Thursday, December 16, 2010

This Is a Great Place to Raise a Family!

Most of my colleagues are not from this area. Like me, they only moved here for work. Whenever we discuss life in our small town on the border between Missouri and Illinois, we always agree that the area is boring, the climate is nasty, the food is bland and unhealthy, the culture is non-existent, and overall this is not a fun place to live. However, this kind of conversation always ends with my colleagues exclaiming joyfully, "But this is a great place to raise a family!"

For the longest time, I had no inkling what they meant by this. I find it hard to imagine a worse kind of environment in North America to raise children. For one, it's all highways. Kids can't go out to play with their friends, or anything like that. They have to rely on their parents to drive them around. From what I have been able to observe, the only way a child of a non-driving age has to play with other children is when a parent arranges a play-date (and what a vile, unhealthy invention that is), drives the kid there, and sits around waiting for the poor child to be done playing. Teenagers are also stuck at home after the school bus brings them back from school. In the street where I live, there are several teenagers. What a sad sight they make! They can't do anything or go anywhere, unless, once again, a parent agrees to drive them. And then bring them back. The whole roaming the streets with your gang of friends, sitting in coffee-shops, and playing the guitar in the square, which is what teenage life should be about, is absent from their lives.

Everything - the food, the clothes, the people, the landscape - is so uniformly and mind-numbingly bland that any intellectual growth for a child can hardly be expected. To grow intellectually one needs new experiences, sights, smells, sounds, colors, languages, people. Here, there is nothing of the kind. Even I have to make an effort not to stagnate intellectually. I, at least, am a mature adult who has a lot of free time to travel and see other places. If I were to stay permanently stuck here, I doubt much would happen for me in terms of intellectual development.

This small-town Midwestern lifestyle is not only bad for the life of the mind. It's also not extremely conducive to the health of the body. The excessive reliance on cars coupled with the very unhealthy food are almost a guarantee of obesity and low health.

Why, then, do so many people insist that this is such a great place to raise a family? After 15 months in this area, I think I have finally been able to figure it out. The reason why people say this is racism, pure and simple. What this area doesn't have (or almost doesn't have) is non-white people and immigrants. It gets to the point where - for the first time in all of my years on this continent - I find myself in a situation where many of the locals don't understand me when I speak to them. And believe me, my English is very good, with only a trace of an accent. How sad is it that people are so unprepared to deal with even such a minor difference as the one I represent?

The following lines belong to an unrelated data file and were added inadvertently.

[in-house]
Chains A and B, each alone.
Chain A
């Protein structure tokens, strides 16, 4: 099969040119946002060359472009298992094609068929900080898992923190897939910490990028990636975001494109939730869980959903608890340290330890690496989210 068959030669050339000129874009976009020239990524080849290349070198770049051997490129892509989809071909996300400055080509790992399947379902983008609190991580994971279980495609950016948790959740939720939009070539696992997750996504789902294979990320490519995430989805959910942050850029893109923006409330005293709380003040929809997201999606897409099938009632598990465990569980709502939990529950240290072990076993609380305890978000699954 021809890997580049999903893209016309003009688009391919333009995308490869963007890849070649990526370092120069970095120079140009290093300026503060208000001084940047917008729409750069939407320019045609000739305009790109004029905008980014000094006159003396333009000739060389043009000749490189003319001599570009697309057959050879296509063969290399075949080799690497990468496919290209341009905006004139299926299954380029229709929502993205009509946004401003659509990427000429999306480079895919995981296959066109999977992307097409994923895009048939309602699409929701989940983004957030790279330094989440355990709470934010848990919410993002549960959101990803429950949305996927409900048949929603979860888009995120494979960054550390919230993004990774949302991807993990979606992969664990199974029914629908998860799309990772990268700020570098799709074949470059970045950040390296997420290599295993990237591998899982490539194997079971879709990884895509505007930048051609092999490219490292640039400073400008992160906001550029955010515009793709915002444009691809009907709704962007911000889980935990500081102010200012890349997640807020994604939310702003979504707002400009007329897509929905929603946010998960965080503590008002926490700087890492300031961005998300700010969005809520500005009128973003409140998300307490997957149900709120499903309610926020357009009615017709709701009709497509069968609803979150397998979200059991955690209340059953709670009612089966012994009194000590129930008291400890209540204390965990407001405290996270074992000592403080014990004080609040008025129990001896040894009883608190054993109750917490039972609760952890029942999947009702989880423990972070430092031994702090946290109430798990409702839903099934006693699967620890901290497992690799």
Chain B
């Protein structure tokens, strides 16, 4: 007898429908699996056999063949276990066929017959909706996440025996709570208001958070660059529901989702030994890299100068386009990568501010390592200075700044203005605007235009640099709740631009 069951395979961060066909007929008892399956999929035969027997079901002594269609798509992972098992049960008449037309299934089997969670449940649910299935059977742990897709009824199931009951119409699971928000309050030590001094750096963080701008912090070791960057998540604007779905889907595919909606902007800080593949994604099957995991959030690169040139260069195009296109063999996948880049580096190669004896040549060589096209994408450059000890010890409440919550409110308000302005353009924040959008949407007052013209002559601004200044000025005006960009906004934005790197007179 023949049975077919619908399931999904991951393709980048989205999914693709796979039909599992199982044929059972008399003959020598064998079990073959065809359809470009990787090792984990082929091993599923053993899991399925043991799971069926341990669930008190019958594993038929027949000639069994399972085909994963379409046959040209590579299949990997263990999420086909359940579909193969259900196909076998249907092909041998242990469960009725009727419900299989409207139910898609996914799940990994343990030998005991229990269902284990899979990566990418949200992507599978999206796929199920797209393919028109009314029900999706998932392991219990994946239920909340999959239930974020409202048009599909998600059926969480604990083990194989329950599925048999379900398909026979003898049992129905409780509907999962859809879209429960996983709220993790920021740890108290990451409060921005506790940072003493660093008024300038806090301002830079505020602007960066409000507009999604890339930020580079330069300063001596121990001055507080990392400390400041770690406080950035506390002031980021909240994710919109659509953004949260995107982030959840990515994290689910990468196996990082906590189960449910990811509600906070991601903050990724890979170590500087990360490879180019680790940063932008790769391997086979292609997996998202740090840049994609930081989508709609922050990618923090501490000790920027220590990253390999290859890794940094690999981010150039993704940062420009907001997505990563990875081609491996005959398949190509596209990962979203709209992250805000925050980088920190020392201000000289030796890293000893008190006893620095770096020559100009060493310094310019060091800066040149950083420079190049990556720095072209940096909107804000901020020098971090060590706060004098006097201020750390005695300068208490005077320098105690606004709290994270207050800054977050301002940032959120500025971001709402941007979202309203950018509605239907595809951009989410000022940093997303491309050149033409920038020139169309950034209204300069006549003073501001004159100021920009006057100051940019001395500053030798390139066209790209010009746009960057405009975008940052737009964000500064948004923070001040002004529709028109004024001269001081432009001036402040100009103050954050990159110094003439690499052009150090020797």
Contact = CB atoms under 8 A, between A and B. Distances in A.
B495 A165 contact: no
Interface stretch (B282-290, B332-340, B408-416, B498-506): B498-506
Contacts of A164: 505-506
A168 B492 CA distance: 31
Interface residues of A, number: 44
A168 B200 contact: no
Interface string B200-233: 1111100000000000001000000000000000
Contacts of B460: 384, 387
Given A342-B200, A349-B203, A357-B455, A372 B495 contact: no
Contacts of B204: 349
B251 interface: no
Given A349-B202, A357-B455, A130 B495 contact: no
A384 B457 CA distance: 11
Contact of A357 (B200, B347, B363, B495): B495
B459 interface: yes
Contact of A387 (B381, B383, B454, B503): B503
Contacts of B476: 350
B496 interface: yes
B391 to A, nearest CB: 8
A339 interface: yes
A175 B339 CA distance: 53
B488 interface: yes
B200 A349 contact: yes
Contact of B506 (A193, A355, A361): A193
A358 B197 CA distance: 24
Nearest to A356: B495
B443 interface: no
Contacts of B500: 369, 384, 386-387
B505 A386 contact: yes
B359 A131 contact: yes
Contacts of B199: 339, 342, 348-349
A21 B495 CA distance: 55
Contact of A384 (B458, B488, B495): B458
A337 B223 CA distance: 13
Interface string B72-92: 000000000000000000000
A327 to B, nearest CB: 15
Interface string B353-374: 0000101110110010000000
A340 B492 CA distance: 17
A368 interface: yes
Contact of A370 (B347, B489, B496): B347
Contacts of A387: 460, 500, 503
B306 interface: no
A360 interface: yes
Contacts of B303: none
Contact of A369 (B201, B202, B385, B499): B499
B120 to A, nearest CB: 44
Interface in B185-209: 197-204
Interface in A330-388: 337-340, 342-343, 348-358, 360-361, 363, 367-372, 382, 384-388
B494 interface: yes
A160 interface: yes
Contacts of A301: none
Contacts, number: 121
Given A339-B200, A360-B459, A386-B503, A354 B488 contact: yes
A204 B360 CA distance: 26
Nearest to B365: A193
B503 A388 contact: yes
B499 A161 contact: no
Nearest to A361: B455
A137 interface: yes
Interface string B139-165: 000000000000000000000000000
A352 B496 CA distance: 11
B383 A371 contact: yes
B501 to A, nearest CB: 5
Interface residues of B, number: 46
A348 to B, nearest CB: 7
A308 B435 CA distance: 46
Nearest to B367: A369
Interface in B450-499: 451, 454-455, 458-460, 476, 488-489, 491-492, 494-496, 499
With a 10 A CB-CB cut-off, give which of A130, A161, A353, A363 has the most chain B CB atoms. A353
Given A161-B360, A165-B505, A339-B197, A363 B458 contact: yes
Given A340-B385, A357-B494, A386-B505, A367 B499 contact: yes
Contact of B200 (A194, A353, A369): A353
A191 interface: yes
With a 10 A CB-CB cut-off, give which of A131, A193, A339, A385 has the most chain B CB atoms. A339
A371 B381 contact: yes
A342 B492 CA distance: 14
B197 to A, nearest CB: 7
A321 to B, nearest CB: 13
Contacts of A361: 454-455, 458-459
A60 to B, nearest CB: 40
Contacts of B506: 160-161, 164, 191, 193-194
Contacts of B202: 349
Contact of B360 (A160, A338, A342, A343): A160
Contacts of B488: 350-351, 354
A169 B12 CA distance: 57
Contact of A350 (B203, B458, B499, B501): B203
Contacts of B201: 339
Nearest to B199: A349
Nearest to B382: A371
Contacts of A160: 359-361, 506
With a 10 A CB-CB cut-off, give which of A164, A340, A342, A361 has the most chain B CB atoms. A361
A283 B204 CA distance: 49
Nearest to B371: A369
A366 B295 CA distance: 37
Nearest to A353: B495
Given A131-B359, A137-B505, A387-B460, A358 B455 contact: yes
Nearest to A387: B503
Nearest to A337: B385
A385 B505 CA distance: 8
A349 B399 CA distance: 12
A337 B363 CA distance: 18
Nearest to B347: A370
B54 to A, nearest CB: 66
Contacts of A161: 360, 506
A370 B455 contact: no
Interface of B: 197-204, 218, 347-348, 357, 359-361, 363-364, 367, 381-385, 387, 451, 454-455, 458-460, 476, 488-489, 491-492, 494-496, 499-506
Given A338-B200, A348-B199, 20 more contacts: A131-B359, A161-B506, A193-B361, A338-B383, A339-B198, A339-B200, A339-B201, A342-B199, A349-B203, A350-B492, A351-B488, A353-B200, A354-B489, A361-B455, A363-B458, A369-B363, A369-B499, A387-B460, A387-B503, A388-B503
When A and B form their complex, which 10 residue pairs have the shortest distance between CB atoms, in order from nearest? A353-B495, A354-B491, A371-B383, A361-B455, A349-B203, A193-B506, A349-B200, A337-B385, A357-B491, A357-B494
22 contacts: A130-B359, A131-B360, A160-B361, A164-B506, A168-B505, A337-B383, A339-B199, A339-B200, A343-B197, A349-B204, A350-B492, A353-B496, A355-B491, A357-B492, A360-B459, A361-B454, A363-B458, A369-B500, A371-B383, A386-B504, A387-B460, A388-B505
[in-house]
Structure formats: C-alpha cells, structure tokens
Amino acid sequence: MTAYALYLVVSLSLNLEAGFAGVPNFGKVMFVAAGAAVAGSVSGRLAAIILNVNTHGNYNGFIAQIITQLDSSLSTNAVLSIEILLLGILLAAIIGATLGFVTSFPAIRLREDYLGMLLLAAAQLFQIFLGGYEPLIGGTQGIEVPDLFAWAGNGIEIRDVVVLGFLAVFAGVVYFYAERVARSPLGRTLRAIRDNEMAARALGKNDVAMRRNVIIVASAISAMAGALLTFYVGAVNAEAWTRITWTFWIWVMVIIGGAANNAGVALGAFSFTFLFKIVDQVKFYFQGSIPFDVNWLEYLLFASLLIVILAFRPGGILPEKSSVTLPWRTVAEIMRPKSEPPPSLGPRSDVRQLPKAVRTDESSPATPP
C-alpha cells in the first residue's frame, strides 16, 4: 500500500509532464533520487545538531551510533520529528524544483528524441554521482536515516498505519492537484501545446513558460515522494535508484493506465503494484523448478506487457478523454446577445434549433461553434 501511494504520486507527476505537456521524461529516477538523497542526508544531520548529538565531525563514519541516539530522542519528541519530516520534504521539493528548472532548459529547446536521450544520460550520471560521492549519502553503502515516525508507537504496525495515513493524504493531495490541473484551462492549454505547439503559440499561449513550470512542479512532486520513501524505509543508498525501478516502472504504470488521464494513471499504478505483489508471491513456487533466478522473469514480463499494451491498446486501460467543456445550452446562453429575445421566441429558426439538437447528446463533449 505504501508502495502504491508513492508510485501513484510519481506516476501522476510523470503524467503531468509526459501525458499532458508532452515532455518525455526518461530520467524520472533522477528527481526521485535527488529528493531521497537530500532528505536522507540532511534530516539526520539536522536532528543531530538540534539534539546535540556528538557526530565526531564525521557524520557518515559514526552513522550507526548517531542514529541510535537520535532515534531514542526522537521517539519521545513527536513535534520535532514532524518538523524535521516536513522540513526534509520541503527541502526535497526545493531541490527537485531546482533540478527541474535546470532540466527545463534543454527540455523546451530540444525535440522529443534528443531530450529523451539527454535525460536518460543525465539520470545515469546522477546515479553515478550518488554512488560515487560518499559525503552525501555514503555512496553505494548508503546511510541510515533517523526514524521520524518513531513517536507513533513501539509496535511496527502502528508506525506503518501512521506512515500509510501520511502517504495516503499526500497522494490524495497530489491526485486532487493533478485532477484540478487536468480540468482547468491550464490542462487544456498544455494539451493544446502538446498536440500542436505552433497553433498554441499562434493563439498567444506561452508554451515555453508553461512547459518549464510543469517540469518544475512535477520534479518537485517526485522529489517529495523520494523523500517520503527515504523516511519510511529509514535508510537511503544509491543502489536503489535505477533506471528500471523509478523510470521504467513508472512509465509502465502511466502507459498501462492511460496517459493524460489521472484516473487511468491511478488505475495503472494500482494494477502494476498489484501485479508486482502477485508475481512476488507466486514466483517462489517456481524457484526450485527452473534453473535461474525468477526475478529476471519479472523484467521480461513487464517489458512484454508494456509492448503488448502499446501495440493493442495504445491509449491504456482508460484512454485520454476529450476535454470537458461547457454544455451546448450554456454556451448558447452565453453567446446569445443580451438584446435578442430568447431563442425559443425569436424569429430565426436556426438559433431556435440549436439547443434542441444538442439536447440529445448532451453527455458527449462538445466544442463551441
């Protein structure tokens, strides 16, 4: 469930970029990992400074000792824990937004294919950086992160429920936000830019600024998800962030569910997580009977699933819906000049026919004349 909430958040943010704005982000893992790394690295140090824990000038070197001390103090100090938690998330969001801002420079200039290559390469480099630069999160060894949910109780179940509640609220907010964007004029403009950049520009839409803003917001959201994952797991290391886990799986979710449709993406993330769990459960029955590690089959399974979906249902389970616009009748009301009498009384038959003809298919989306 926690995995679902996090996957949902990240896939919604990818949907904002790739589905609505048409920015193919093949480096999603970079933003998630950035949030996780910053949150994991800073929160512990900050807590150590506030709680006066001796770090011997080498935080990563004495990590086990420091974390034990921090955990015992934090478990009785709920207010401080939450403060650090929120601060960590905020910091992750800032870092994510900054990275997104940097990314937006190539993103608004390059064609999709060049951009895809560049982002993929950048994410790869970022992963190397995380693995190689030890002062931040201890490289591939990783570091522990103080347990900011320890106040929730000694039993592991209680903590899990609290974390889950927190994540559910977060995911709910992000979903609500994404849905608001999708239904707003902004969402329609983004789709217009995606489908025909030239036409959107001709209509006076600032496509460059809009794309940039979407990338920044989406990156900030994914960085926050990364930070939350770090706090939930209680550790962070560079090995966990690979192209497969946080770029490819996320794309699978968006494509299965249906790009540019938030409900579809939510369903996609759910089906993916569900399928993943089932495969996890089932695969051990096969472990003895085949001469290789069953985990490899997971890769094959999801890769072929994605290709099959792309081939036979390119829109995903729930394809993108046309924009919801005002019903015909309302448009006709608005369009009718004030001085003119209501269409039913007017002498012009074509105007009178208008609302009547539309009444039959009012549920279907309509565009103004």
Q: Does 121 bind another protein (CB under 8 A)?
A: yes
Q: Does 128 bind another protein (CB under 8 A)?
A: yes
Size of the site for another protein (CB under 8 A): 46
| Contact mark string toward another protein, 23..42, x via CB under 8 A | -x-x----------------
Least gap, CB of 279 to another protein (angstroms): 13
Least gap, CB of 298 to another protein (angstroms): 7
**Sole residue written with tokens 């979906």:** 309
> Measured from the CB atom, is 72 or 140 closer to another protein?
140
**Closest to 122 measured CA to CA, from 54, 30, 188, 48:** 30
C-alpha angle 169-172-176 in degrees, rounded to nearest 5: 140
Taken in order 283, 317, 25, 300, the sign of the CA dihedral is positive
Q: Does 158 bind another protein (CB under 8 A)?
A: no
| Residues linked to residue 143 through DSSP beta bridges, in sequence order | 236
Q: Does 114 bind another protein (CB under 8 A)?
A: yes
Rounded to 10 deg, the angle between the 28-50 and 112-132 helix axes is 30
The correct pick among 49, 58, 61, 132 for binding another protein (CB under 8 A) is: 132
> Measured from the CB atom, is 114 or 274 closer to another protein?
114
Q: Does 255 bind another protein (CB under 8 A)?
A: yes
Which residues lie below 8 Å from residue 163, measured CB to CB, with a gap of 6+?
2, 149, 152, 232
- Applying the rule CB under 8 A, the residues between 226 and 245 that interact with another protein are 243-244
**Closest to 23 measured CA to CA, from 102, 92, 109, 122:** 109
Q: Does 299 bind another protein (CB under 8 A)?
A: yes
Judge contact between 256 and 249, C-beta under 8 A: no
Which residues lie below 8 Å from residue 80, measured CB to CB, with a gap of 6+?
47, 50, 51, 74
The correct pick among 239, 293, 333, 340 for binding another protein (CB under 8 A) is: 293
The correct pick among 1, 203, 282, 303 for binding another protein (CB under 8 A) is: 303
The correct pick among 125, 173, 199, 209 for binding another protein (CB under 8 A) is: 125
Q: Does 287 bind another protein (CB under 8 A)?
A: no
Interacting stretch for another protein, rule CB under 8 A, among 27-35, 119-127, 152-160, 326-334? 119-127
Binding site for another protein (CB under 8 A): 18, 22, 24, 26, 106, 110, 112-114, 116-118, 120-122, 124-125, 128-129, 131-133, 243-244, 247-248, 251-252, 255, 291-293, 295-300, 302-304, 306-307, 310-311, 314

Racism blinds the proponents of raising kids in this environment to the fact that racial and cultural diversity is the only thing that can bring relief to such painfully boring, stagnant places.


eric said...

You pretty much nailed it--typically the most boring, culture-free housing tracts are sold off by realtors as "family friendly", which besides the obvious racist connotations, implies that the subdivision would be a suitably safe holding pen for the prospective homebuyer's offspring until they are 18.

Luckily, my suburban neighborhood is fairly diverse, there's no shortage of healthy food to be had in the area, and the neighborhood kids are always out riding bikes or skateboards or whatever, which is pretty much how I grew up.

I'm surprised, though, that a small Midwestern town wouldn't have more to do in terms of outdoor activities. My guess is poor urban planning, and if that part of the country is anything like southern Arizona (where I lived for a few years during the last decade), they let developers do anything they want.

Clarissa said...

I'm sure there are outdoor activities, but because of the layout of the town, getting to those activities once again requires a parent with a car to bring the children there and then to stick around for the duration. I can only imagine what a drag that is for everybody involved. Teenagers especially "love" their parents to hang around while they are doing stuff with their friends.

Rimi said...

I'm sorry to be ignorant foreign alien, but what is a play date? If something's horrible, I want to hear all about it! :D